This product was reviewed on a PlayStation 4 using a review copy provided by Activision.
Available Platforms: Windows, PlayStation 4, Xbox One
Developer: Infinity Ward
Players: Single Player, Multiplayer
I haven’t reviewed a Call of Duty title since I was an active community member on gaming forums back when Modern Warfare 2 came out. It’s been a while, but the formula is still pretty much the same. We have a new set of maps for multiplayer and even one for Zombies, so let’s get down to it.
The four multiplayer maps included in Sabotage are Dominion, Renaissance, Noir and Neon. While they are definitely new, Dominion is actually a remake of the classic Afghan map from Modern Warfare 2, which I really loved. Each seem to bring their own vastly unique style and cater to a variety of gameplay types. While my days of 360 no-scoping and tactical nuking are pretty much over, I did enjoy myself in the rare moments when I actually stayed alive long enough to appreciate the map design.
Starting off with Dominion, a remake of the Modern Warfare 2 map Afghan. Tugging on the chain of nostalgia, Infinity Ward has managed to convert a classic Call of Duty map to something worth revisiting. While we have updated textures and models that tie in with Infinite Warfare, the basic layout of the map is near identical.
Hopping right in, I could immediately start navigating my way around, having spent hours and hours of time in the original Afghan. It’s still a haven for snipers, but the new movement mechanics like boosting and wall-running make it a whole lot easier to get from one place to another. Dominion offers a faster pace when compared to its predecessor and takes on a different identity rather than blatantly reproducing the same type of combat.
A well-designed map, mimicking an old-school Call of Duty design that many might find attractive. Personally, I found the layout of the map to be a little tepid, pushing players towards the center in pre-determined routes in most cases. The condensed layers of the map offer minimal vertical movement although that could just be my own lack of experience with the game. Experienced players will likely find better pathways to move around the periphery of the map and make better use of the externally located buildings.
Out of all the multiplayer maps, Renaissance is the only one that I felt a lackluster response from but I do appreciate how it looks. The canals that surround the map box you in and offer an interesting terrain to battle around.
Noir is the map that could easily become another classic. On the surface, it’s a simple three-lane layout and offers a wide range of opportunities to put your wall-climbing skills to use. The futuristic Brooklyn design is visually impressive and the interior details in the buildings are seriously well-crafted.
The map is compact and offers close-range combat in almost every corner. There seem to be minimal lines of sight, similar to Renaissance in that respect but there’s more of an emphasis towards fast-paced action. Each area of the map is fun to navigate through and I certainly enjoyed playing on it.
In stark contrast to the more traditional looking maps in this pack, Neon goes out of its way to scream out its unique design style. Like that younger sibling that just has to get everyone’s attention. And it worked.
Neon is a bright and blaringly futuristic map that is undoubtedly my favorite multiplayer map out of this DLC pack. Modeled to be a simulation training ground for futuristic warfare, the map is filled with bluish textures made of digital cubes. It almost feels like the textures are glitchy, but in a way, that makes them look even better (if that makes sense).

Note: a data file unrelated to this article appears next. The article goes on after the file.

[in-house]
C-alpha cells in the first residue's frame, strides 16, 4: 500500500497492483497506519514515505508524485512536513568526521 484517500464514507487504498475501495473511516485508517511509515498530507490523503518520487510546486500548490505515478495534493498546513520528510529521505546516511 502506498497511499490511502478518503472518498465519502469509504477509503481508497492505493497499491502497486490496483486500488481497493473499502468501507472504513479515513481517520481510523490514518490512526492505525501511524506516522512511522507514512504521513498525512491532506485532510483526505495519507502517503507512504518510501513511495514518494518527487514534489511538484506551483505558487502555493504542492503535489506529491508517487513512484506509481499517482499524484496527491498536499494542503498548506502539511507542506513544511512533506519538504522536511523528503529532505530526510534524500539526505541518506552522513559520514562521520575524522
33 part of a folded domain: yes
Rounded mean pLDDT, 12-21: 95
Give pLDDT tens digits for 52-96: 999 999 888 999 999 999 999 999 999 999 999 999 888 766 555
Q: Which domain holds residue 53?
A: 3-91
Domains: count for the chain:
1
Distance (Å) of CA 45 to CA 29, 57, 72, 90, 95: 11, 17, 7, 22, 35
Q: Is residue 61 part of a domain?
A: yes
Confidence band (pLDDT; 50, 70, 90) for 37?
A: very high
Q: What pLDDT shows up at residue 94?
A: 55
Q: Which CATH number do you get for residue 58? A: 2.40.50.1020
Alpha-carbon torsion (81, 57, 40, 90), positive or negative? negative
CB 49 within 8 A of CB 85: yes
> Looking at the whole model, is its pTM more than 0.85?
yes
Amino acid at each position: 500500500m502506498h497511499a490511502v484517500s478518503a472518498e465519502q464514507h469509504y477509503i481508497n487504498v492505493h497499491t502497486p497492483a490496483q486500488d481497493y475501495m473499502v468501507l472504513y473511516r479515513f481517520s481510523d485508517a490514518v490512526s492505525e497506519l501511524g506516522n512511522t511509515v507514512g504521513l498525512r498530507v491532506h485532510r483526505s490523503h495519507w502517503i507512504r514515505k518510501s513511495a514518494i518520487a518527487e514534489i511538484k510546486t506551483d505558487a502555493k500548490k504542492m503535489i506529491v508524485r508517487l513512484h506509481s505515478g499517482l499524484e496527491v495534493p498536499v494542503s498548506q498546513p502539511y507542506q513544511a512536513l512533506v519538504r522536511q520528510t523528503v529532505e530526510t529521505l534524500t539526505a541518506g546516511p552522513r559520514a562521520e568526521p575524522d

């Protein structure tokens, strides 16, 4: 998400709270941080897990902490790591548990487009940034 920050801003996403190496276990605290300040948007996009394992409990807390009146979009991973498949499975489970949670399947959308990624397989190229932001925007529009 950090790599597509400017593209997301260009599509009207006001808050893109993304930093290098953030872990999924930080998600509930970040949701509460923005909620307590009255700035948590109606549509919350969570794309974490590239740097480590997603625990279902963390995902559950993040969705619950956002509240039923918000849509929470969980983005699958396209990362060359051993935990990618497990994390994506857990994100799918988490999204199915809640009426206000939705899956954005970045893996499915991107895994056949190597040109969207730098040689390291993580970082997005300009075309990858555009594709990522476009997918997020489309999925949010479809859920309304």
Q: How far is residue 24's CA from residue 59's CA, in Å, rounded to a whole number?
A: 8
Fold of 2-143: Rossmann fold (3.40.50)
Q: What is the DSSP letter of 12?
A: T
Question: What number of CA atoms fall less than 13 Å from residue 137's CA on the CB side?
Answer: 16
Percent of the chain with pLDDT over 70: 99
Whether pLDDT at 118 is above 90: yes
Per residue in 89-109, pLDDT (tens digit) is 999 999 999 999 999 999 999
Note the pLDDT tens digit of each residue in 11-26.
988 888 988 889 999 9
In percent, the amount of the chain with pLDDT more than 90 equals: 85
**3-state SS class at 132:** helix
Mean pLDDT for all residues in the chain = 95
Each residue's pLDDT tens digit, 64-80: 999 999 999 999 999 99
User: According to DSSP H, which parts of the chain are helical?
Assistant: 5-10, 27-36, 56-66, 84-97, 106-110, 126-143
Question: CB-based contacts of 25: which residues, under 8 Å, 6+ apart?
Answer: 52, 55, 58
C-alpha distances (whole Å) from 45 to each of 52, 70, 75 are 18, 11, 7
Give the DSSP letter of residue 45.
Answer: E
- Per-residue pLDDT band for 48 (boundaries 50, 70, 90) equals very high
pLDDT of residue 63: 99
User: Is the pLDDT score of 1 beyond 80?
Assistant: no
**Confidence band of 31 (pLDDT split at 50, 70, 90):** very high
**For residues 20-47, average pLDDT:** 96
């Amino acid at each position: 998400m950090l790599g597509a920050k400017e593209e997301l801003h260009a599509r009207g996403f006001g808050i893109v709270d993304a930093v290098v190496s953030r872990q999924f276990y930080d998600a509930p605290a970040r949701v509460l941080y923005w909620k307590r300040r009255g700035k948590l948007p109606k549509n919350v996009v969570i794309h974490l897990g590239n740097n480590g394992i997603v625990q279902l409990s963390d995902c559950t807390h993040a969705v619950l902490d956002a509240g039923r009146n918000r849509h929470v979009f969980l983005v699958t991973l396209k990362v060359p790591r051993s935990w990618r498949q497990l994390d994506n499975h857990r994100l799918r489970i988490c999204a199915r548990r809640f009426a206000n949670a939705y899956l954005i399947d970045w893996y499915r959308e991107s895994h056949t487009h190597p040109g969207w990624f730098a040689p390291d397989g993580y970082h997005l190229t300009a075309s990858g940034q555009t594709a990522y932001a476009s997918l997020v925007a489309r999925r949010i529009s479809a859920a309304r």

There are a couple of cool ways the map differentiates itself from the others. Upon death, players explode into a shower of blue pixels and the vehicles on the map disappear and reappear at some point. Even when you blow them up, you’ll see that the cars just reappear afterwards, which looks awesome. There were times when I was taking cover behind a car only to have it disappear and leave me vulnerable, adding a whole new element of gameplay.
Now, I’m still taking my time getting through the Zombies game mode but I’ll touch upon it briefly. Being a huge fan of Zombies from all the way back in Nacht der Untoten to Black Ops III, it’s kind of become my main reason for getting Treyarch Call of Duty games. Rave in the Redwoods is a brilliant addition to the Zombies mode and I had a wicked fun time playing it.
It’s the second episode of the Infinite Warfare Zombies series and takes place in another film, so to speak. It’s wacky, energetic and still retains a level of terror that should keep you on your toes at all times. You can find a few mechanics included that are similar to Spaceland but there are a ton of new additions that keep the map feeling fresh at all times.
The setting is a summer camp out in Bear Lake which has been run over by party raver people, whatever they’re actually known as. The map is a bit larger than Zombies in Spaceland and surprisingly, you don’t start with a weapon. All you have are your bare fists, although you can find a couple of melee weapons around the lodge like a golf club and a machete. There’s a lot to explore in the map and I won’t be spoiling much, but there is a surprise appearance by Kevin Smith (which I wasn’t expecting) and a brand new Wonder weapon as well.
The Sabotage DLC pack offers a ton of new content and it’s a great addition to the game. If you have the Season Pass already, you’ll be glad to add this to your library of maps. The new Zombies map is something I’m looking forward to playing even more than the multiplayer ones. If this is the kind of content Infinity Ward has planned for the future, then the game is definitely heading in the right direction.